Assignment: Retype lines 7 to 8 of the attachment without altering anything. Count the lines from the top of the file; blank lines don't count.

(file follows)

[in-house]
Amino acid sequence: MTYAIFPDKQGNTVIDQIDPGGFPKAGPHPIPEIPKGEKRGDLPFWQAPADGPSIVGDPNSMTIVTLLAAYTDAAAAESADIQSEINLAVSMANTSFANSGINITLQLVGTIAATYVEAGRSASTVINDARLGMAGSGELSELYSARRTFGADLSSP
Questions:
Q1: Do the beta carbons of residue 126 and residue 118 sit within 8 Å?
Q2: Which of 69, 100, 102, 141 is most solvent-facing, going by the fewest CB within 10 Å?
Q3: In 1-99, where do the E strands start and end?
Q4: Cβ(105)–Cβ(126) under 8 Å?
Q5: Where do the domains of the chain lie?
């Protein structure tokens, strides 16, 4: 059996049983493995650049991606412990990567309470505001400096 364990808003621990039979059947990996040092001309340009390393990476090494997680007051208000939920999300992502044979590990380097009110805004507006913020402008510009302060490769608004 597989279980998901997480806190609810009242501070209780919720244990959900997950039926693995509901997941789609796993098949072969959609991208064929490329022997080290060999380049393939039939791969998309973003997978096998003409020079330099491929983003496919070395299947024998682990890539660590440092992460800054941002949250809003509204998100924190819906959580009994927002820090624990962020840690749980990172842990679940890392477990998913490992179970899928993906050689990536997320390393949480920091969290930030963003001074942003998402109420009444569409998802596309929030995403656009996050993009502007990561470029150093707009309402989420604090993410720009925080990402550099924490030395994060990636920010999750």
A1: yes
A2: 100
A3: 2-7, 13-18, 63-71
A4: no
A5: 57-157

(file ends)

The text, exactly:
Q4: Cβ(105)–Cβ(126) under 8 Å?
Q5: Where do the domains of the chain lie?